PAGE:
By Martin MoranTommy and I were on the outskirts of Johannesburg, zooming past vacant lots and former gold mines on our way to a large cheetah preserve. It was our third day together and I was especially excited. This being Africa, I had to squeeze in a safari! I’d found out about a large animal preserve not far from the city that offered excursions promising large cats and wild dogs, zebras and ostriches and all manner of wildlife. Since I’d made my reservation for the tour, a vision kept washing over me—a perfect moment tripping upon primordial Africa, a glimpse of a nature-filled Eden.
By Melinda ChateauvertThree decades before “Nothing about us, without us” became the axiom for policymaking by the sex workers’ rights movement, the national prostitutes’ rights organization COYOTE conducted a “Prostitute Study” which demonstrated that community-based participatory research had the power to revolutionize scientific paradigms. At the start of the AIDS epidemic, almost no one used community-based research to study critical health issues. But San Francisco sex workers, working as peer researchers interviewing and testing marginalized women like themselves, mapped the epidemiology of HIV in 1985. This forgotten study by sex workers on HIV/AIDS was an essential element of their political activism, using evidence-based research for making public policy, designing future medical research and changing public attitudes about the sex industry.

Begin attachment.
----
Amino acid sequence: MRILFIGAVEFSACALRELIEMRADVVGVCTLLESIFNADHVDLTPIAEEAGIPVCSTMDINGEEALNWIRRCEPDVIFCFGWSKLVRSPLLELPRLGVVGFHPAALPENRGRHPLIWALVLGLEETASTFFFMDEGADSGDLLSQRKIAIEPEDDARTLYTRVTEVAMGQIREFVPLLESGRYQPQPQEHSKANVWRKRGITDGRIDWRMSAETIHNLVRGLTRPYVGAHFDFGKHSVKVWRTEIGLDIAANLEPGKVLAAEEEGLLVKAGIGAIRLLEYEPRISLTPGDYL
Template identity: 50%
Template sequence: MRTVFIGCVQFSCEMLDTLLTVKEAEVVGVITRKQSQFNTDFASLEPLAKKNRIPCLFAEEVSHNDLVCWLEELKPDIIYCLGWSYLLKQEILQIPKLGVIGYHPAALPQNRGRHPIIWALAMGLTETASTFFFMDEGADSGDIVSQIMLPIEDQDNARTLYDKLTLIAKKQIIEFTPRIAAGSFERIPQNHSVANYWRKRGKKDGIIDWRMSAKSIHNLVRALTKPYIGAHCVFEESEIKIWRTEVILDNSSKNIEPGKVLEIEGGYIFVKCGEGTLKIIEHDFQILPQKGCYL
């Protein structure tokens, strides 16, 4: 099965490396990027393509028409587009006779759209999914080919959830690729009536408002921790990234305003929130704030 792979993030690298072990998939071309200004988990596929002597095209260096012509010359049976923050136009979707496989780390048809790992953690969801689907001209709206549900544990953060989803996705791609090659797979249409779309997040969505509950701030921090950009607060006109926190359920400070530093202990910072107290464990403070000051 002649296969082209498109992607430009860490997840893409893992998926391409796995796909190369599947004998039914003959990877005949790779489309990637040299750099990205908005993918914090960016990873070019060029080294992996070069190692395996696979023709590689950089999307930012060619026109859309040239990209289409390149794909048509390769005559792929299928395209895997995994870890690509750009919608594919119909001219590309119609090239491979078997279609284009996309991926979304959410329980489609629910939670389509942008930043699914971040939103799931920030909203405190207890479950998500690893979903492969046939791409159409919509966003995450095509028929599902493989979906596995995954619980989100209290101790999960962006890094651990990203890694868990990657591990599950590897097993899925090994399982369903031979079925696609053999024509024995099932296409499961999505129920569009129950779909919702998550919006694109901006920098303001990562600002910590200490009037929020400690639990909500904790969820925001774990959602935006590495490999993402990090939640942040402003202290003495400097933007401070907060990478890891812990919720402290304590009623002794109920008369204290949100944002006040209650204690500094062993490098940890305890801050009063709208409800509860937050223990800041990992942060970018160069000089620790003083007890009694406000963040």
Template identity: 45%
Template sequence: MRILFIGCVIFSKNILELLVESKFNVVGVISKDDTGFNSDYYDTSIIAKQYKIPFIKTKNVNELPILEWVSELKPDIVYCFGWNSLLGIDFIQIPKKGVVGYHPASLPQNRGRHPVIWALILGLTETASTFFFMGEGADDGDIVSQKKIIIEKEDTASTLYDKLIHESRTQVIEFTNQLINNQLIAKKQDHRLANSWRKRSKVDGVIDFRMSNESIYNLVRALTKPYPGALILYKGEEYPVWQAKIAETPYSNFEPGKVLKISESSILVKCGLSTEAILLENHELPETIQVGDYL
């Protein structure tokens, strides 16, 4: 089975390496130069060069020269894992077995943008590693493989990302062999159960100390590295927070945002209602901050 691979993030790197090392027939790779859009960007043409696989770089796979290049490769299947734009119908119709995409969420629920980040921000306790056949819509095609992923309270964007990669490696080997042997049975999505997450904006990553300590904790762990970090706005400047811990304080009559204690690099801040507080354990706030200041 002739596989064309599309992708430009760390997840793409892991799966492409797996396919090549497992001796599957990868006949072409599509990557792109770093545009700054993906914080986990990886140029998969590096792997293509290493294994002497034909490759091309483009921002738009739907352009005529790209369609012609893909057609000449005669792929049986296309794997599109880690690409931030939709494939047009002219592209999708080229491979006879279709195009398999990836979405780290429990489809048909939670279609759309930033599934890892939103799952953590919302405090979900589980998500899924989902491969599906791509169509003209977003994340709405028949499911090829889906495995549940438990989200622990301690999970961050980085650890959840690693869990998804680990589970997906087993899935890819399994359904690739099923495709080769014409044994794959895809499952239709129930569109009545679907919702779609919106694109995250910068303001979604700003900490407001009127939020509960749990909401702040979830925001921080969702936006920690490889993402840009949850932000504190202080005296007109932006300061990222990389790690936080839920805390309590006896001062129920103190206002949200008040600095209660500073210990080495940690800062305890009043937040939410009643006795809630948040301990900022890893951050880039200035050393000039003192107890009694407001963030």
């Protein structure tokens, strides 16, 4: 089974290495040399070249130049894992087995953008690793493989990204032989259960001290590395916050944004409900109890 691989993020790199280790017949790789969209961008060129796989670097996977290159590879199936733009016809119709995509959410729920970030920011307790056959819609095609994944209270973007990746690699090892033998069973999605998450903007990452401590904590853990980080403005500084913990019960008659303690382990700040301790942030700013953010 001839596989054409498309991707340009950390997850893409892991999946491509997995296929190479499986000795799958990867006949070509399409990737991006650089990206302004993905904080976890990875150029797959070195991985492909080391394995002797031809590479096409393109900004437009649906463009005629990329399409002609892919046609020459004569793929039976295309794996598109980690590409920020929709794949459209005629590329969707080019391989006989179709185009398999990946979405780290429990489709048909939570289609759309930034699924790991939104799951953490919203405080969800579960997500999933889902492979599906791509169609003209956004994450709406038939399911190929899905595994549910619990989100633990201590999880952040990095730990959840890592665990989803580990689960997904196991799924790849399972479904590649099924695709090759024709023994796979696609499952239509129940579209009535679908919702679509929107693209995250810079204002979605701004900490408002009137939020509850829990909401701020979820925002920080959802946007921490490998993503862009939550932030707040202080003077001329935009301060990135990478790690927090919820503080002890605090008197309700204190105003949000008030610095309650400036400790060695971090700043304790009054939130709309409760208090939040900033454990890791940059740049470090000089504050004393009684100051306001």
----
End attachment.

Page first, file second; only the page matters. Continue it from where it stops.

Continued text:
By Michael BronskiThe HIV/AIDS epidemic and the success of the battle for marriage equality have been, over the past thirty-five years, the two events that have most affected LGBT lives. These two phenomena—first the spread of a deadly virus that has killed thirty-four million people worldwide and close to 660,000 in the United States, and second a prolonged, well-funded, culturally bitter fight to grant a basic right of legal contact to same-sex couples—are rarely linked in the political or public imagination. Yet, numerous cultural and social interconnections, resonances, and ramifications link these events.